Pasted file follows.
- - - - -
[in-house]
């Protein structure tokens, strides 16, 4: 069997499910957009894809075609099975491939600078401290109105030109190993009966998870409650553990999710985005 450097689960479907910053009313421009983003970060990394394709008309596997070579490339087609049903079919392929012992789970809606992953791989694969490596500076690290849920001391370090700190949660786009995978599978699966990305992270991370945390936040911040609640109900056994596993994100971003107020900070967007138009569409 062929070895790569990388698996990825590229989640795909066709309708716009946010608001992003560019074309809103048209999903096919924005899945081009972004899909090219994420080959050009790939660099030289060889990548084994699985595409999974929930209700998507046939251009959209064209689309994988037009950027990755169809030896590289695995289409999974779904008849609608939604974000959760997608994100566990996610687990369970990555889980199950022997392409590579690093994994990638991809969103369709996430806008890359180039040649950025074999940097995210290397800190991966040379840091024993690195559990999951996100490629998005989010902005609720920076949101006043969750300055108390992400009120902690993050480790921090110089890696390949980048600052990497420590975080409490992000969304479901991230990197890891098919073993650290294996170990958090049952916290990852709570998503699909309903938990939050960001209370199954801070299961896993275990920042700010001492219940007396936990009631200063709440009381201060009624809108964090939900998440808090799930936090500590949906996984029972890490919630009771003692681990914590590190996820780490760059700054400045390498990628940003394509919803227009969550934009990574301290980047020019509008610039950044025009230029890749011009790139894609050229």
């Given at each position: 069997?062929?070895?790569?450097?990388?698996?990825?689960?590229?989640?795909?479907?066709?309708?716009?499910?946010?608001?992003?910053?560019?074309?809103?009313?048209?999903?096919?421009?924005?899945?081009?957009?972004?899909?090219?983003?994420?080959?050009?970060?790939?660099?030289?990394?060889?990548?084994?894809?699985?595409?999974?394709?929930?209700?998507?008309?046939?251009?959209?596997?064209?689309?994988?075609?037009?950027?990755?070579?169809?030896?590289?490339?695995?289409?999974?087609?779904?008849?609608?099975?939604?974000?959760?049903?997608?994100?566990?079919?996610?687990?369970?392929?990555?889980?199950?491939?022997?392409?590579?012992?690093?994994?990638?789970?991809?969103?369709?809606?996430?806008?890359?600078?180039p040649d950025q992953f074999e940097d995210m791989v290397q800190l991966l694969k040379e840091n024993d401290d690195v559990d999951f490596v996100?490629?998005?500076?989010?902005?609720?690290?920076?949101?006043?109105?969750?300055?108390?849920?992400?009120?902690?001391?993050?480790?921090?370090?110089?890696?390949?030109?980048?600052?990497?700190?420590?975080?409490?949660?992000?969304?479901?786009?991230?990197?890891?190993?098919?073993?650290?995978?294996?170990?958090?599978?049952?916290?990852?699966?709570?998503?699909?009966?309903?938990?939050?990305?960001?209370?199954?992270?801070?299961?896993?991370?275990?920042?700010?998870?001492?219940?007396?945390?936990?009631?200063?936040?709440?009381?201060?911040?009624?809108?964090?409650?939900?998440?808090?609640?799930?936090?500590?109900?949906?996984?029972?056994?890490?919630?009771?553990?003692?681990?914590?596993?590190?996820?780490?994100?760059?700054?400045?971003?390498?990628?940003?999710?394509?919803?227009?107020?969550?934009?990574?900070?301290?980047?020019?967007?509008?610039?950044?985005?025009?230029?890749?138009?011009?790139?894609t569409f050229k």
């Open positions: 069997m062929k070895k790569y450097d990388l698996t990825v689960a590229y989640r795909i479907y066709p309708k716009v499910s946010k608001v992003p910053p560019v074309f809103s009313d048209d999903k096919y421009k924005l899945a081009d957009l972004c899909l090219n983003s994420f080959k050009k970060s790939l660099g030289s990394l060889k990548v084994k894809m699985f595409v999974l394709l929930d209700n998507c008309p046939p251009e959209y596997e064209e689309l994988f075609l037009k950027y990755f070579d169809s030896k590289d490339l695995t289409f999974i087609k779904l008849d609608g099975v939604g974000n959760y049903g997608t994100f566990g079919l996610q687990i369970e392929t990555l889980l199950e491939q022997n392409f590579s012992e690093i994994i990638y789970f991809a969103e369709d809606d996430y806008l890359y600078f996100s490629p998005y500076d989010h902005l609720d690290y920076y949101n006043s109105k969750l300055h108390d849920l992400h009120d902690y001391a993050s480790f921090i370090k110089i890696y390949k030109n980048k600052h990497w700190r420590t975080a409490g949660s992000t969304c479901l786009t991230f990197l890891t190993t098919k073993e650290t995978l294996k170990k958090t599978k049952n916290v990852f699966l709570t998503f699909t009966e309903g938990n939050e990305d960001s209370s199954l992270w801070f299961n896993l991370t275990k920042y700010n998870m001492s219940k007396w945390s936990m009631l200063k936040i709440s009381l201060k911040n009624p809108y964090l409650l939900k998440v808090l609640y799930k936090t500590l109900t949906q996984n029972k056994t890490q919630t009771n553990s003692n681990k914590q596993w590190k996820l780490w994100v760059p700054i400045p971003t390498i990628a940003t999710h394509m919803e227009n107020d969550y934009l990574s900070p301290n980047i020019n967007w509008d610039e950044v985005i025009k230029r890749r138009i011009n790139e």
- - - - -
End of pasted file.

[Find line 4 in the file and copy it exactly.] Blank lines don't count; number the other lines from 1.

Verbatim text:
């Open positions: 069997m062929k070895k790569y450097d990388l698996t990825v689960a590229y989640r795909i479907y066709p309708k716009v499910s946010k608001v992003p910053p560019v074309f809103s009313d048209d999903k096919y421009k924005l899945a081009d957009l972004c899909l090219n983003s994420f080959k050009k970060s790939l660099g030289s990394l060889k990548v084994k894809m699985f595409v999974l394709l929930d209700n998507c008309p046939p251009e959209y596997e064209e689309l994988f075609l037009k950027y990755f070579d169809s030896k590289d490339l695995t289409f999974i087609k779904l008849d609608g099975v939604g974000n959760y049903g997608t994100f566990g079919l996610q687990i369970e392929t990555l889980l199950e491939q022997n392409f590579s012992e690093i994994i990638y789970f991809a969103e369709d809606d996430y806008l890359y600078f996100s490629p998005y500076d989010h902005l609720d690290y920076y949101n006043s109105k969750l300055h108390d849920l992400h009120d902690y001391a993050s480790f921090i370090k110089i890696y390949k030109n980048k600052h990497w700190r420590t975080a409490g949660s992000t969304c479901l786009t991230f990197l890891t190993t098919k073993e650290t995978l294996k170990k958090t599978k049952n916290v990852f699966l709570t998503f699909t009966e309903g938990n939050e990305d960001s209370s199954l992270w801070f299961n896993l991370t275990k920042y700010n998870m001492s219940k007396w945390s936990m009631l200063k936040i709440s009381l201060k911040n009624p809108y964090l409650l939900k998440v808090l609640y799930k936090t500590l109900t949906q996984n029972k056994t890490q919630t009771n553990s003692n681990k914590q596993w590190k996820l780490w994100v760059p700054i400045p971003t390498i990628a940003t999710h394509m919803e227009n107020d969550y934009l990574s900070p301290n980047i020019n967007w509008d610039e950044v985005i025009k230029r890749r138009i011009n790139e």